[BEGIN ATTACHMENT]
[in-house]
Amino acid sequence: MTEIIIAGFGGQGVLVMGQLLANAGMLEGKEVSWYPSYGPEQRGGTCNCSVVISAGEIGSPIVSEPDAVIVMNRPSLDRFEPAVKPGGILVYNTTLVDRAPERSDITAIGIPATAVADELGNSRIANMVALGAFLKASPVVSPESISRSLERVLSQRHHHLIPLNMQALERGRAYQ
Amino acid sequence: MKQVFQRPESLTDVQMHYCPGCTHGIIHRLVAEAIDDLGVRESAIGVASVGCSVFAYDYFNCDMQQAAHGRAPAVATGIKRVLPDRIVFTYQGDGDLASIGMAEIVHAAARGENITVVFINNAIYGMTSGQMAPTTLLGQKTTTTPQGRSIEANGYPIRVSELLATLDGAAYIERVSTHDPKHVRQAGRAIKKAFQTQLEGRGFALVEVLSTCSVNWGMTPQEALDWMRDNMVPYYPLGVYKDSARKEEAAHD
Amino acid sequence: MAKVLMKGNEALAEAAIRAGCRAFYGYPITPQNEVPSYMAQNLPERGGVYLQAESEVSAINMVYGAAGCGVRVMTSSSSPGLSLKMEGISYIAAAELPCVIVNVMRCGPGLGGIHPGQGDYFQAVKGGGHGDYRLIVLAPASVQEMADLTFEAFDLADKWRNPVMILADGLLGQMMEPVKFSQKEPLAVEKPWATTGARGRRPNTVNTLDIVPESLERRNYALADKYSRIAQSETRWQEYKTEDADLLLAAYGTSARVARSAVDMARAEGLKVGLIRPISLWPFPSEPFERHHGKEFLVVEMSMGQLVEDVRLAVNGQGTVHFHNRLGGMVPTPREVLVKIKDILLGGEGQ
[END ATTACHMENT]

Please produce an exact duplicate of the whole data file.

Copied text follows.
[in-house]
Amino acid sequence: MTEIIIAGFGGQGVLVMGQLLANAGMLEGKEVSWYPSYGPEQRGGTCNCSVVISAGEIGSPIVSEPDAVIVMNRPSLDRFEPAVKPGGILVYNTTLVDRAPERSDITAIGIPATAVADELGNSRIANMVALGAFLKASPVVSPESISRSLERVLSQRHHHLIPLNMQALERGRAYQ
Amino acid sequence: MKQVFQRPESLTDVQMHYCPGCTHGIIHRLVAEAIDDLGVRESAIGVASVGCSVFAYDYFNCDMQQAAHGRAPAVATGIKRVLPDRIVFTYQGDGDLASIGMAEIVHAAARGENITVVFINNAIYGMTSGQMAPTTLLGQKTTTTPQGRSIEANGYPIRVSELLATLDGAAYIERVSTHDPKHVRQAGRAIKKAFQTQLEGRGFALVEVLSTCSVNWGMTPQEALDWMRDNMVPYYPLGVYKDSARKEEAAHD
Amino acid sequence: MAKVLMKGNEALAEAAIRAGCRAFYGYPITPQNEVPSYMAQNLPERGGVYLQAESEVSAINMVYGAAGCGVRVMTSSSSPGLSLKMEGISYIAAAELPCVIVNVMRCGPGLGGIHPGQGDYFQAVKGGGHGDYRLIVLAPASVQEMADLTFEAFDLADKWRNPVMILADGLLGQMMEPVKFSQKEPLAVEKPWATTGARGRRPNTVNTLDIVPESLERRNYALADKYSRIAQSETRWQEYKTEDADLLLAAYGTSARVARSAVDMARAEGLKVGLIRPISLWPFPSEPFERHHGKEFLVVEMSMGQLVEDVRLAVNGQGTVHFHNRLGGMVPTPREVLVKIKDILLGGEGQ